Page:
Fat with capital, flush with ambition and happy with Congressional guarantees of a level battlefield on which to fight the regional Bells for local phone customers, competitive local exchange carriers shouldered their way onto Telecommunications Avenue five years ago.
They were ready to make money by building voice and data networks, by reselling Bell services to their own customers, and by unbundling and selling network elements. They convinced the financial markets that they would make it, and make it big.
But in the years since the Telecommunications Act of 1996 opened those competitive floodgates, some competitive carriers have begun to drown. The reality of competing with the mega-Bells that have consolidated their financial and political clout through multibillion-dollar mergers has frightened Miss Money away.
Covad Communications, one of the largest competitors, says it will cut back on build-outs and focus instead on selling its existing network. HarvardNet last fall gave up the Digital Subscriber Line business it worked so hard to obtain. ICG Communications fell into Chapter 11 bankruptcy protection, as did GST Telecommunications; the former expects to rehabilitate itself, the latter was acquired by Time Warner Telecom. Jato Communications laid off 650 workers after the third quarter of 2000, then closed its doors just after Christmas.
So when Cedar Rapids, Iowa-based competitive carrier McLeodUSA offered $450 million in senior notes two weeks ago to refinance debt, one would have expected the market to react with skepticism.
Even McCleod officials were surprised when investors fought their way to the offering like post-holiday bargain hunters, snapping up $750 million worth of the notes.
The reason: Not all competitive local exchange carriers (CLECs) were created equal.
And McLeodUSA, with what analysts agree has been a history of strong management, a facilities-based starting point and an ever-growing footprint through aggressive acquisition of smaller, successful operations, has gotten very positive reviews.
McLeodUSA started as a local phone company in Iowa, and has come through several incarnations. In 1991, it was incorporated as McLeod Telecommunications to provide fiber-optic maintenance services for the Iowa Communications Network.
In 1993, the company reinvented itself as McLeod Inc. and won regulatory approval for local and long-distance service in Iowa and Illinois. In 1996, after a successful initial public offering, it acquired a direct marketing and telemarketing firm and began publishing phone directories for cities nationwide.
In 1997, the company changed its name to McLeodUSA, and in the succeeding four years, it began a series of mergers with communications firms in Illinois, Minnesota, South Dakota and Texas. It now has 9,600 employees, and provides telecom services in all 50 states, describing itself as a “super-regional CLEC.”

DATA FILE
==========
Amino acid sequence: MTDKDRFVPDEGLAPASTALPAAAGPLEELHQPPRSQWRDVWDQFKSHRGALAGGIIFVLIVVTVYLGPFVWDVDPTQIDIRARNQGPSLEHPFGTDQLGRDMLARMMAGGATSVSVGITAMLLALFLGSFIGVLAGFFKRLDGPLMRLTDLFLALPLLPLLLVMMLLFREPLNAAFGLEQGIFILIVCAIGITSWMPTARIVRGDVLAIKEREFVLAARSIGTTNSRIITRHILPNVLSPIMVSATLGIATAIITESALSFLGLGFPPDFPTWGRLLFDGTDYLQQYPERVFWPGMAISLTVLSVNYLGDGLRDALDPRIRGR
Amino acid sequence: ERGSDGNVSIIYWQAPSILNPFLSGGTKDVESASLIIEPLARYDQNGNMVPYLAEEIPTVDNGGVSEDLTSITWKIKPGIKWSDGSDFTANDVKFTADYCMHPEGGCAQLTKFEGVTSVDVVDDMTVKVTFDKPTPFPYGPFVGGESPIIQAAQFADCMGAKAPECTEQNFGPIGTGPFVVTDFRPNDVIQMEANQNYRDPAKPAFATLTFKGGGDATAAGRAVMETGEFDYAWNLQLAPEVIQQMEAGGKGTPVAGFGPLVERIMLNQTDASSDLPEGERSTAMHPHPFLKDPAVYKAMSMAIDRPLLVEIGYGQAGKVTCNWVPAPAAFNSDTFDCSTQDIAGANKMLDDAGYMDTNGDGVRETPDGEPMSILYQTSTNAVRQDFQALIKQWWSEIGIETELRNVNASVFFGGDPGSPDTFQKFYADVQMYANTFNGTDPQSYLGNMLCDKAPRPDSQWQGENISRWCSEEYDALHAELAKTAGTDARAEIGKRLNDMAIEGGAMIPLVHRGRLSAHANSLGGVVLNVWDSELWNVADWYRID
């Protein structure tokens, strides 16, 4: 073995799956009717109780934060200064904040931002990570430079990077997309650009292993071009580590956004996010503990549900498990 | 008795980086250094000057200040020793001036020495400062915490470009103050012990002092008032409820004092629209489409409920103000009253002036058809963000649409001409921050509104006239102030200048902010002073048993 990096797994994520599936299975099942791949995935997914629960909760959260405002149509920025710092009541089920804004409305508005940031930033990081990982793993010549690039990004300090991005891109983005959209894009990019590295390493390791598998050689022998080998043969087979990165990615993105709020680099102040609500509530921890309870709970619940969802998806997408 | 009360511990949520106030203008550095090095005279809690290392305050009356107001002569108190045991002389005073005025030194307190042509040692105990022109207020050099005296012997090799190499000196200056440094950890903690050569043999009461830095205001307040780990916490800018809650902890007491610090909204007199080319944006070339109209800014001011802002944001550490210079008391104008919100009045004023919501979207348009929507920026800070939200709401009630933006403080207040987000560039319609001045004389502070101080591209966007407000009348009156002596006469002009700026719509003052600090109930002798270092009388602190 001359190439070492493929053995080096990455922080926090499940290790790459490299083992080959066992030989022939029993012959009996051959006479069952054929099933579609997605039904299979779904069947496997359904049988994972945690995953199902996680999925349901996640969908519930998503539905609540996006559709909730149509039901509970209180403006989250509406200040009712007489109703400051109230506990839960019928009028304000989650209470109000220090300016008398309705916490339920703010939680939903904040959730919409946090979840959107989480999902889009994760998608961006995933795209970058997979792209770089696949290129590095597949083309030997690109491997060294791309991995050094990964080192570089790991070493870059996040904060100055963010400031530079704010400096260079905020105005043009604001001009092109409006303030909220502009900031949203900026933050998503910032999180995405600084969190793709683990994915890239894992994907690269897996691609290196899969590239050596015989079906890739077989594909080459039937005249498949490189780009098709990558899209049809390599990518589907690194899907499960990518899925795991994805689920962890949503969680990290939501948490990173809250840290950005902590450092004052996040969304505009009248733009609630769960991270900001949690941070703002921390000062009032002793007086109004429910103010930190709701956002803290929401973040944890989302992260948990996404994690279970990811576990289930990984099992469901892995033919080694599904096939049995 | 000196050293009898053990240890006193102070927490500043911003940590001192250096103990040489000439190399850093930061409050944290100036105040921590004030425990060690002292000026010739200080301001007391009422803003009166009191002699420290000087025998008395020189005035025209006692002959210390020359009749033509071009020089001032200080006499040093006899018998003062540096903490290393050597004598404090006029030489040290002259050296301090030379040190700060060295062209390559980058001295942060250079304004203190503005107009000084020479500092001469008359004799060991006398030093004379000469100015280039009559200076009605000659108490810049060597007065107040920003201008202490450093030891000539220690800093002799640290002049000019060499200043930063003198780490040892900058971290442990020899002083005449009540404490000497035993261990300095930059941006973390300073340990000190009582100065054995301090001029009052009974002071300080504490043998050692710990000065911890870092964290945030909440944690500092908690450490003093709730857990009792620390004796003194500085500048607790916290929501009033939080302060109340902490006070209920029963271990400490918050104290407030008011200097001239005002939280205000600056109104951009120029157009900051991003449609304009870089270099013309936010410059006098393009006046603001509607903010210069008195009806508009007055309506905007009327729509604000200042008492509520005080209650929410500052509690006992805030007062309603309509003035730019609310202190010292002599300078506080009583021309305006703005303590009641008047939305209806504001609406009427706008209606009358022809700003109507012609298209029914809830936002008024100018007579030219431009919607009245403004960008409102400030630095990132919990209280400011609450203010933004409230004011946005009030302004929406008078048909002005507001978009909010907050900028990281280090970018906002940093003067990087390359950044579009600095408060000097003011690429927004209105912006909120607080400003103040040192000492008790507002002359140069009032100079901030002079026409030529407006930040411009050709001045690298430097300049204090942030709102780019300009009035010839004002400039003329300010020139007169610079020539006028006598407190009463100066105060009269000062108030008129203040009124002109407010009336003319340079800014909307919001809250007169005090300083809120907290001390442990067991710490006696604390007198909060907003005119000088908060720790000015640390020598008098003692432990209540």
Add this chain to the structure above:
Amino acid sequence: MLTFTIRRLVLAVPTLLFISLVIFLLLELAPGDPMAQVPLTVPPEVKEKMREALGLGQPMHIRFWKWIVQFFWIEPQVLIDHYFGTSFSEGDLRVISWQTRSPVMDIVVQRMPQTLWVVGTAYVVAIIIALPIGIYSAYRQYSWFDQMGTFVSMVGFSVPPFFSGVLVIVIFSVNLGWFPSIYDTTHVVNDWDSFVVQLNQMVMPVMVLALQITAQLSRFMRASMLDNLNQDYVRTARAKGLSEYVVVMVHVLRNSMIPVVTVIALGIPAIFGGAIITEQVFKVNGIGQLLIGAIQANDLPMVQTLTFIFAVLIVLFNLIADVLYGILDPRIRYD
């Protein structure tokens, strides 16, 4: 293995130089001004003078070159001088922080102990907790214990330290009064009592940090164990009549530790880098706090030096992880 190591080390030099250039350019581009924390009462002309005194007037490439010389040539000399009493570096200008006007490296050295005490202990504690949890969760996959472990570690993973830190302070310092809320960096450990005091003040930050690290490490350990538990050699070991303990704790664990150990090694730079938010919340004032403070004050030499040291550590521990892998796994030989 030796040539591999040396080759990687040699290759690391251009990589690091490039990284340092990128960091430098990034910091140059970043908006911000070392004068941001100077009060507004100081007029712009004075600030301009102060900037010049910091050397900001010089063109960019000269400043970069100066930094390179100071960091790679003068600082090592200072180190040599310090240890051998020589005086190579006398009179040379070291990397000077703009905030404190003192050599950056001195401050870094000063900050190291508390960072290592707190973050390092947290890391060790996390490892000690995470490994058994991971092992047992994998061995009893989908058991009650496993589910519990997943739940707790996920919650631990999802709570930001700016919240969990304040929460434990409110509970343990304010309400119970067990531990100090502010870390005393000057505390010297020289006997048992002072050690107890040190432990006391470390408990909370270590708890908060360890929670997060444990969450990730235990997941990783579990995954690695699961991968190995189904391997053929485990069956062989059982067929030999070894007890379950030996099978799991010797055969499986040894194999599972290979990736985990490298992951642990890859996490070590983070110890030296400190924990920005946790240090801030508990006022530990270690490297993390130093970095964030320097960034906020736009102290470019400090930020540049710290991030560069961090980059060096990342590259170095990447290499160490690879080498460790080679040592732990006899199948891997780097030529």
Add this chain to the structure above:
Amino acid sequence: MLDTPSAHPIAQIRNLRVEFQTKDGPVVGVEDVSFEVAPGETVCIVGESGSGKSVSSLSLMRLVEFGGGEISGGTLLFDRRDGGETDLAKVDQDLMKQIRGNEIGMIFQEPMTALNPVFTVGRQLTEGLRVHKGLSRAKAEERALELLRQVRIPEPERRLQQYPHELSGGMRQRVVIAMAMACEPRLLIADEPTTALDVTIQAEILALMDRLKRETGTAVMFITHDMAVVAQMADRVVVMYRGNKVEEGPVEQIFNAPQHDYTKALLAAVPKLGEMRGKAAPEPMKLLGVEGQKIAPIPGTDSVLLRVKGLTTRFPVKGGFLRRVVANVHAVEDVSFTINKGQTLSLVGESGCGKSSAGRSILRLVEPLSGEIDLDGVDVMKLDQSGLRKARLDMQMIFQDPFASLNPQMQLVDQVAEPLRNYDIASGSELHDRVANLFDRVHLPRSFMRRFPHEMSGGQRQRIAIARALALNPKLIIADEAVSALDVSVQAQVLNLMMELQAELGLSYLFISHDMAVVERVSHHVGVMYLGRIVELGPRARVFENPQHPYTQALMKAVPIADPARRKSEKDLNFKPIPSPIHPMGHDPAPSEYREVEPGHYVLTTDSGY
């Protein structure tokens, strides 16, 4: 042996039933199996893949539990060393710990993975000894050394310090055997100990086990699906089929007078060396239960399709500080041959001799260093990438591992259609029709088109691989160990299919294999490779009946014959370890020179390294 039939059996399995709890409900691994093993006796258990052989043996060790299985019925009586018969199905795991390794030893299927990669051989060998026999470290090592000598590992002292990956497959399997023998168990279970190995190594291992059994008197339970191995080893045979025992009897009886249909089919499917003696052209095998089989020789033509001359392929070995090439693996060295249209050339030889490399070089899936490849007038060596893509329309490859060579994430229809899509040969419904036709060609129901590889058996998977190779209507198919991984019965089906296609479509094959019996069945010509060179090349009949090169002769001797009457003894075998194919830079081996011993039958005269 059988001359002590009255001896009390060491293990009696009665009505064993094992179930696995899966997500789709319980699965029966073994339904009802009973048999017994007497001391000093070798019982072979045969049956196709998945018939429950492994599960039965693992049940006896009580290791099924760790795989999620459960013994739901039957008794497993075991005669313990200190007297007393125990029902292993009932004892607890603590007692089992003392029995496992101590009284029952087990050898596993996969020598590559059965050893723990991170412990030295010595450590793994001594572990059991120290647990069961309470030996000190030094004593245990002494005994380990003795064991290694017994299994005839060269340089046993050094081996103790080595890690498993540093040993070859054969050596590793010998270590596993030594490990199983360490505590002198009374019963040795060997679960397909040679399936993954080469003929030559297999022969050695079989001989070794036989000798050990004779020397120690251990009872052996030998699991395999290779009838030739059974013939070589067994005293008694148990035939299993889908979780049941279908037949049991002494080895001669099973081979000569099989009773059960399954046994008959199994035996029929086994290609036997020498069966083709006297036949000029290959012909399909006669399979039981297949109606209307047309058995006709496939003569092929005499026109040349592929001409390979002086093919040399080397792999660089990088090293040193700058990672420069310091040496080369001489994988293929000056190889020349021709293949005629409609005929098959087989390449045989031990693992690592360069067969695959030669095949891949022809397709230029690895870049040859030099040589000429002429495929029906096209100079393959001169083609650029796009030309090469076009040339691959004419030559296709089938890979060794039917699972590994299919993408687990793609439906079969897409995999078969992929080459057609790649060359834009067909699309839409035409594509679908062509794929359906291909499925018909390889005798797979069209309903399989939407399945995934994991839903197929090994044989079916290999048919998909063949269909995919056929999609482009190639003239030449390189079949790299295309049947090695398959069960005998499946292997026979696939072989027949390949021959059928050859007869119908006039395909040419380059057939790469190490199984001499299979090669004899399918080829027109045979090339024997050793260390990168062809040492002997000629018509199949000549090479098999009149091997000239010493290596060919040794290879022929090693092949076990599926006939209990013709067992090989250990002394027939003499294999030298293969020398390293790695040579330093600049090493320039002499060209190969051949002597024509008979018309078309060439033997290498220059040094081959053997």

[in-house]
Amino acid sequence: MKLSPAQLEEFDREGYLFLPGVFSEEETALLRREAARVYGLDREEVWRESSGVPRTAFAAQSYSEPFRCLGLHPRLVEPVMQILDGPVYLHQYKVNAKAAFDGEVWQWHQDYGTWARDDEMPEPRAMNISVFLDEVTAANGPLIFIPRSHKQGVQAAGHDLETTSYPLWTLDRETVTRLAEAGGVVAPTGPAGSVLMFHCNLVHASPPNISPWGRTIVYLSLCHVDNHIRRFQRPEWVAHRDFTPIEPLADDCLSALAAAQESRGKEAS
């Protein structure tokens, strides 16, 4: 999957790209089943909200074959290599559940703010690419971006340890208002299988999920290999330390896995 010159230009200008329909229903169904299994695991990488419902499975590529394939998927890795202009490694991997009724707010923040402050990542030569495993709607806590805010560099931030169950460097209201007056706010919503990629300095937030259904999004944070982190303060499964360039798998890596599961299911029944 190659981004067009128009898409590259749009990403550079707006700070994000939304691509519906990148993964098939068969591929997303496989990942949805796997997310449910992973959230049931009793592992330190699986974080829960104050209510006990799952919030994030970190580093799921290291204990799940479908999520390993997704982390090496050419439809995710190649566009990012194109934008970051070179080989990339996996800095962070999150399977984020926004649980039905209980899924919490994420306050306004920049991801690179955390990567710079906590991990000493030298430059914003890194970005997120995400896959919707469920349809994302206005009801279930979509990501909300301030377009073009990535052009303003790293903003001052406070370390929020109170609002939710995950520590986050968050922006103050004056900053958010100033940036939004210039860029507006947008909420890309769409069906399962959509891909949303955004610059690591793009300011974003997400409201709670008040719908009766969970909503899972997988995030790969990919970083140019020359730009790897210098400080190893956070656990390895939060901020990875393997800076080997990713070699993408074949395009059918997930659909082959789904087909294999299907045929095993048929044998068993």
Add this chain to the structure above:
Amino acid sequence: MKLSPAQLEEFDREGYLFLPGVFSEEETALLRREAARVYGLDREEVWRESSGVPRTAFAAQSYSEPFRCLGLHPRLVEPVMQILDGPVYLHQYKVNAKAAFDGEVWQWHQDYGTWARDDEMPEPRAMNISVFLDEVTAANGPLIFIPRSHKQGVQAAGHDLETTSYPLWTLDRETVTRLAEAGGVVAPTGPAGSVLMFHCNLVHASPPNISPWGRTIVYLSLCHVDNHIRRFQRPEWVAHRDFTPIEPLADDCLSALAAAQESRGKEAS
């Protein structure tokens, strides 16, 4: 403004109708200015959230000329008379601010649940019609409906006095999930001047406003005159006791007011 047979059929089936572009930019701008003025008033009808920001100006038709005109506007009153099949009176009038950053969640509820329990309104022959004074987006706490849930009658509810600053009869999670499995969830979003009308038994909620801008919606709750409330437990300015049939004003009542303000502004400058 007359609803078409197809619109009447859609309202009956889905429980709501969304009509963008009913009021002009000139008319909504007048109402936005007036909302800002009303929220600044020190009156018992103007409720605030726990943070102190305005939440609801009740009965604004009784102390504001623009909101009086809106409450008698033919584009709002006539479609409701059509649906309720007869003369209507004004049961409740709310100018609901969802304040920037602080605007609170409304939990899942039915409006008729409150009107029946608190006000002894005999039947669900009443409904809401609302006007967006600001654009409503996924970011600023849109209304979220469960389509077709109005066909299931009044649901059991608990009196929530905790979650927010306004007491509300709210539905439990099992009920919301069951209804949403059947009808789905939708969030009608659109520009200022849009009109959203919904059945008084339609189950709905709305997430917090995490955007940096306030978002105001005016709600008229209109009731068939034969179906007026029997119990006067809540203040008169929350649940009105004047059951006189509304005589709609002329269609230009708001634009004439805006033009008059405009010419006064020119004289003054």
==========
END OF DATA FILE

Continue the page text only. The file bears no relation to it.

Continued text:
With fourth-quarter earnings exceeding expectations, analysts were charmed by the companys earnings before interest, taxes, depreciation and amortization, and gave it two thumbs up before its bond offering earlier this month. In its earnings call Jan. 31, McLeodUSA is expected to announce fourth-quarter EBITDA of $29 million — up 92 percent from the third quarter of 2000 — on revenue of $401 million, which is in line with Credit Suisse First Boston analysts estimates of $403 million.
LouAnn Newman, a consultant at TeleChoice, says the fact that McLeodUSA is running strong while others are running scared, is owed to the companys history as a former incumbent local exchange carrier that turned itself into a competitive carrier vying for regional Bell customers.
“People like McLeodUSA have survived because they are facilities-based and have their own network in place,” Newman says. “They have done well by increasing the area they have competed in, and they, frankly, have good management. They also have telephone revenue.”
Bryce Nemitz, vice president for communications at McLeodUSA, says he believes the company is strong in part because it has capitalized on “opportunity.”
“Were in the best place we could be in right now,” Nemitz says. “I think that all relates to strong management; our commitment to our business plan, which has been in place since 1994; and to our strong financial condition, which we see as a strategic asset.”
Newman says competitors that began life as incumbent carriers — McLeodUSA and Dobson Communications among them — have grown because “customers like them, and they have a solid history.”
On the other hand, analysts including Newman say that competitors trying to resell Bell services are failing because they cant compete on price alone — which many have tried to do.
“In public, the [regional Bells] say they are going to be fair, and are going to compete, but they really havent been either,” Newman says. “Under the table, theyve been hard to work with. For the resellers, you cant get [access] cheaper than the people they are buying it from, so they are struggling.”
McLeodUSA has had its own struggles with the regional Bells — evidenced by its aggressive anti-merger stance when Qwest Communications International was in the process of seeking regulatory approval for its merger with U S West.
But at least in that instance, the competitors found oil to pour on the troubled waters. Qwest rejected McLeodUSA as the company to which it ceded its long-distance business in the U S West region — a merger condition — prompting McLeodUSA to complain to regulators that Qwest was improperly looking for “friendly” partners, not competitors.
But later, in a three-year, $600 million deal, Qwest opened its arms to McLeodUSA, allowing the competitor to offer services ranging from high-speed Internet access to voice messaging over its 14-state network.